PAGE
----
The Importance of Risk

tightrope act I was speaking with a really interesting CEO this morning after speaking at the North Shore Technology Council panel on social networks and their impact on business. This man turned companies around for a living. Complex work, if you think about it. One thing he said really struck me, and has resonated all morning.

There was a company he was once evaluating, and he mentioned that they had taken almost ZERO risk. My immediate thought was that he probably saw this as a good thing. Instead, he said, “If you don’t take risks, you can’t grow.” Wow! He knew MY answer, instead of what I thought he would say.

Risk is Important

Hours after that conversation, I spoke to a young professional who wanted to do something meaningful with his time and effort. I asked him whether he had a “lab” where he could test out potential ideas. At first, it sounded really foreign, but when I told him that most of what I’ve done in life came from trial and error, he started to see where I was going.

If you don’t try new things, you don’t discover new things. If you don’t fail, you don’t know what comes out of the failure. If you don’t risk your career, you won’t invent the job of the future.

Where are YOU Taking Risks?

The future is risky. Deciding to use social media to promote your business, augment your internal collaboration, or other uses is risky. It’s untested, or not very tested. It’s different than how people did things before. Convincing people that ads don’t work well when the folks selling ads have numbers is risky.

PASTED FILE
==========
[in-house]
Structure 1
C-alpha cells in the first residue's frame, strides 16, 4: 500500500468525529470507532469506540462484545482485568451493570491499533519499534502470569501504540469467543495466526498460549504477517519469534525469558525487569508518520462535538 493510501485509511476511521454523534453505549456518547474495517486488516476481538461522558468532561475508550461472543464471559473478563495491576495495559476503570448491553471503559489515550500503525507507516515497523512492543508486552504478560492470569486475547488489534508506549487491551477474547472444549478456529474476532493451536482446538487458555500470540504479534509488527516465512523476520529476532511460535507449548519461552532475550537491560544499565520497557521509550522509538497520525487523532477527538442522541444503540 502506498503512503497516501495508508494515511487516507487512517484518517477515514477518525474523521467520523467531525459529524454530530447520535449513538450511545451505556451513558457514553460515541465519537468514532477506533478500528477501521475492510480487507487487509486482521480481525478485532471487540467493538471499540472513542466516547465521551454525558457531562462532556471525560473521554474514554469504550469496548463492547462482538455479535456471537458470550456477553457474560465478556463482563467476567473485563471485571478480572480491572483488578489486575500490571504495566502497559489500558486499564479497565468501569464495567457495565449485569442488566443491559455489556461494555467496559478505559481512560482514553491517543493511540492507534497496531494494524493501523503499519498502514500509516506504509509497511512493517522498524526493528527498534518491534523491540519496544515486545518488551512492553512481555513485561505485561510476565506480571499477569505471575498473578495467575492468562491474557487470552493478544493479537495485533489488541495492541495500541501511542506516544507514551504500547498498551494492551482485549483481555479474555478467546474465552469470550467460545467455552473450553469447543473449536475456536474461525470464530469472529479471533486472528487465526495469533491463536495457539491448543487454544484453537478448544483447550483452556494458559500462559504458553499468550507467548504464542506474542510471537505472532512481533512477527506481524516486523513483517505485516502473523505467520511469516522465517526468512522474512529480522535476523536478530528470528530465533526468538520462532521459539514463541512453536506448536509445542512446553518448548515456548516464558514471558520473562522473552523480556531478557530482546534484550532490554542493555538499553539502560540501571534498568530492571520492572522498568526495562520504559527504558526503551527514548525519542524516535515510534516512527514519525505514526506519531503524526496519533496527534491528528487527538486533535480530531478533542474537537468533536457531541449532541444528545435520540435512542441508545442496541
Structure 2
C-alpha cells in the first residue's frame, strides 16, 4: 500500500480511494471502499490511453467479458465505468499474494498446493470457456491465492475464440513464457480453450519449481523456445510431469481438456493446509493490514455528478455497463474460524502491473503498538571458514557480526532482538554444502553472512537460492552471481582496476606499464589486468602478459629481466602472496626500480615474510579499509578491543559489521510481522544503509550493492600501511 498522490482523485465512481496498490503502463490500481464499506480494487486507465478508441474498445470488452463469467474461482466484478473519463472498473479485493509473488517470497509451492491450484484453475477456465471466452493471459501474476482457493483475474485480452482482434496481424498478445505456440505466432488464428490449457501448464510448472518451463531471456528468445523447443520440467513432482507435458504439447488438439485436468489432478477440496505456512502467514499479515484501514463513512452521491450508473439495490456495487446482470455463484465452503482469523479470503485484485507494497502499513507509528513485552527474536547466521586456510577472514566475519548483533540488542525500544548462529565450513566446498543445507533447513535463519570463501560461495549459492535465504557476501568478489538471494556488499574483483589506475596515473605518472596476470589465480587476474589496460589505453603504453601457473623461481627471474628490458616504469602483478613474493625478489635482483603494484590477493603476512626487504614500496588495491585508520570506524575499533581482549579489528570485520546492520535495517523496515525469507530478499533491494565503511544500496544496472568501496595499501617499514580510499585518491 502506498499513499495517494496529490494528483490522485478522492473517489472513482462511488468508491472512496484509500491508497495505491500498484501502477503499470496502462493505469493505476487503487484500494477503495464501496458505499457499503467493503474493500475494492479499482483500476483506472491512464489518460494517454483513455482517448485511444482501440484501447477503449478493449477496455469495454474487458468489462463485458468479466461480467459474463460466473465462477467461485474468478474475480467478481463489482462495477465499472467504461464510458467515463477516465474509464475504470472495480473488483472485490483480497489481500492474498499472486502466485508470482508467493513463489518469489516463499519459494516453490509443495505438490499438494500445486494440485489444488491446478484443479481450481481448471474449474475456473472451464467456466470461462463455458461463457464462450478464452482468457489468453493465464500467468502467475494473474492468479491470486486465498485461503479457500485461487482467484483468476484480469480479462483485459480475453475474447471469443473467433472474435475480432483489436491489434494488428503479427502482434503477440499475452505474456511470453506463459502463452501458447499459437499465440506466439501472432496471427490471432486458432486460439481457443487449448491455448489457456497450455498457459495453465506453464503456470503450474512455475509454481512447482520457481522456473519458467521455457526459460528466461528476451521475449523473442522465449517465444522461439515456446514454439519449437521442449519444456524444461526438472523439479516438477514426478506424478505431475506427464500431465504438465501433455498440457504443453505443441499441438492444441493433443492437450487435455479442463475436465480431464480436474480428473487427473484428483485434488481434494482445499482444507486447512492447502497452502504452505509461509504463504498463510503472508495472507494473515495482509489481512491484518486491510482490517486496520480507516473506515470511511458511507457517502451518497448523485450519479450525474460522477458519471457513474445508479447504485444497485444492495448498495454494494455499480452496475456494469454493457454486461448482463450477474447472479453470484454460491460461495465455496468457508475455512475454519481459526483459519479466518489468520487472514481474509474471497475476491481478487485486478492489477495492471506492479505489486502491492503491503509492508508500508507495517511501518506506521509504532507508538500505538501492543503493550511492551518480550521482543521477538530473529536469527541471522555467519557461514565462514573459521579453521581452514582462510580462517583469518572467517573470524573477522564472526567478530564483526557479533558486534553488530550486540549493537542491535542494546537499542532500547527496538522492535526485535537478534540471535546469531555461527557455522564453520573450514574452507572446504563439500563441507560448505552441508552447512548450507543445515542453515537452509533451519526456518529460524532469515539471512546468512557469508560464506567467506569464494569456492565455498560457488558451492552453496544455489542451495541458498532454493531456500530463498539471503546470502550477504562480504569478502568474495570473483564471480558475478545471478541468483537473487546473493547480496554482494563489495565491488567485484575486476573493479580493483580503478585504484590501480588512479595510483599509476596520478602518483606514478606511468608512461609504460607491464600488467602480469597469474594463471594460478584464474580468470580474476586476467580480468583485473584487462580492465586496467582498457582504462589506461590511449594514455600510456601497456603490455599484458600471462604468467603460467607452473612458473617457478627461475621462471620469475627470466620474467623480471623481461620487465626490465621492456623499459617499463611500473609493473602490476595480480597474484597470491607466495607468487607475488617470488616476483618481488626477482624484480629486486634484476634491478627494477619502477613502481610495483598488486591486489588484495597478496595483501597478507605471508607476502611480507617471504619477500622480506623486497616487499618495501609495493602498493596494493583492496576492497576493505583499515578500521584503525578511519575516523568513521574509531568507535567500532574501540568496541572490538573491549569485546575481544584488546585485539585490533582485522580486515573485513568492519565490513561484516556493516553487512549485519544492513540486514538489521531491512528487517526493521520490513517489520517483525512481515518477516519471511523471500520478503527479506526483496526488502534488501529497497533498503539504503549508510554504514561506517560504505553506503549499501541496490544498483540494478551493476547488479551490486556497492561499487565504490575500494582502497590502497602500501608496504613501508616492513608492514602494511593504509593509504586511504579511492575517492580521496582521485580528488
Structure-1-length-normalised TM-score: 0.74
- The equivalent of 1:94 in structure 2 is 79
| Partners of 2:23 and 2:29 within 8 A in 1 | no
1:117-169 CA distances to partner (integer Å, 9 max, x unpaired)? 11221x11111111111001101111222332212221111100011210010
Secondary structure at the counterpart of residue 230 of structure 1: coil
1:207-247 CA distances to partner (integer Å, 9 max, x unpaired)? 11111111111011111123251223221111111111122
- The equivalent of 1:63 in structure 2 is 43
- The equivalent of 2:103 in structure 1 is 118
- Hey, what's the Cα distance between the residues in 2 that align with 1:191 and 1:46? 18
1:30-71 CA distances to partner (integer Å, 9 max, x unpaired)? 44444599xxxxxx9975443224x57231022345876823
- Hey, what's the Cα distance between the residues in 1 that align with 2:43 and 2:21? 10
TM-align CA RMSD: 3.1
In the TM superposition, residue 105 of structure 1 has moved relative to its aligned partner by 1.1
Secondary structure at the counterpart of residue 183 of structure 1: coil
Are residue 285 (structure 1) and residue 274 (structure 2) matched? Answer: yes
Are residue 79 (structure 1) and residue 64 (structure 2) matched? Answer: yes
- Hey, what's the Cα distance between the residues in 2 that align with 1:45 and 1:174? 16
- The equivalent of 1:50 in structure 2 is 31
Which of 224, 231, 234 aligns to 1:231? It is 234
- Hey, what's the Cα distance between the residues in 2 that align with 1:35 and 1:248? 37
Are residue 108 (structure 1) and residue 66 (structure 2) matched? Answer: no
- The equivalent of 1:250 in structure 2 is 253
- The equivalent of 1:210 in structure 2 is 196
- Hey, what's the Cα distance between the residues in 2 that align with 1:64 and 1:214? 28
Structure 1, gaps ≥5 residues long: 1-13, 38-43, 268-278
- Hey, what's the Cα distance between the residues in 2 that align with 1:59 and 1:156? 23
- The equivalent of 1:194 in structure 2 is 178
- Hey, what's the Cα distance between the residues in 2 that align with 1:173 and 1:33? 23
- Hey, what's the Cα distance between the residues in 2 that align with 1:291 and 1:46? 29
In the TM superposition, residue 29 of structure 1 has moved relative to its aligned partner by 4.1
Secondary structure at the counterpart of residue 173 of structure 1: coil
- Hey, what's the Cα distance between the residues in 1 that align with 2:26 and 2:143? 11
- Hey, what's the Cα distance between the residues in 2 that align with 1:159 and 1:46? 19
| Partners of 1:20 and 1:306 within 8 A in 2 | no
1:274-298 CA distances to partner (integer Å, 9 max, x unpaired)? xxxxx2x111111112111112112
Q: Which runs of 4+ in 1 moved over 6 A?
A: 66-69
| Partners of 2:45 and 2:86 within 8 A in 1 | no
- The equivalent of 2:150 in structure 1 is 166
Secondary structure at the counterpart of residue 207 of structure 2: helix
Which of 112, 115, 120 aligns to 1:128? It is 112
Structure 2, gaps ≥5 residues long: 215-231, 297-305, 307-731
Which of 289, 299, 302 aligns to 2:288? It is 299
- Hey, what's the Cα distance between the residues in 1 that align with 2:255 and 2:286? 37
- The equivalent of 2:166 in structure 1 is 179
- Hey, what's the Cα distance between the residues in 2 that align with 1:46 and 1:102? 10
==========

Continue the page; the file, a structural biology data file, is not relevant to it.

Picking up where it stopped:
Where are your risks, business or personal? What are you doing to move over that crazy divide? How are you readying yourself for the inevitable fall on the face that comes with not being 100% certain? What’s your take?

Photo credit, Smiles are Free

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  • Guest

    Interesting post. Makes me consider how many risks I’ve taken which aren’t many with my career but I should be taking more. It gets more difficult when one has a spouse and/or family depending on a stable income.

  • http://blog.nordquist.org Brett Nordquist

    Interesting post. Makes me consider how many risks I’ve taken which aren’t many with my career but I should be taking more. It gets more difficult when one has a spouse and/or family depending on a stable income.

  • http://www.shaunanicholson.com/blog Shauna

    Of course, my biggest risk I’ve taken lately was resigning yesterday–before finding (or seeking, for that matter) another job. My closest friends are still balking at the idea that I’d do that; in all honesty, so am I. It’s an “unlike me” decision.

    The rationale is this: Sometimes you have to light to fire to see how fast you can put it out.

    Today, this is not a test.

    I will employ social media as my primary avenue and see where I land. I’ve tallied my skills and feel confident I’ll be able to pull this one off. :)

  • http://www.shaunanicholson.com/blog Shauna

    Of course, my biggest risk I’ve taken lately was resigning yesterday–before finding (or seeking, for that matter) another job. My closest friends are still balking at the idea that I’d do that; in all honesty, so am I. It’s an “unlike me” decision.

    The rationale is this: Sometimes you have to light to fire to see how fast you can put it out.

    Today, this is not a test.

    I will employ social media as my primary avenue and see where I land. I’ve tallied my skills and feel confident I’ll be able to pull this one off. :)

  • http://shannonsezso.blogspot.com ShannonRenee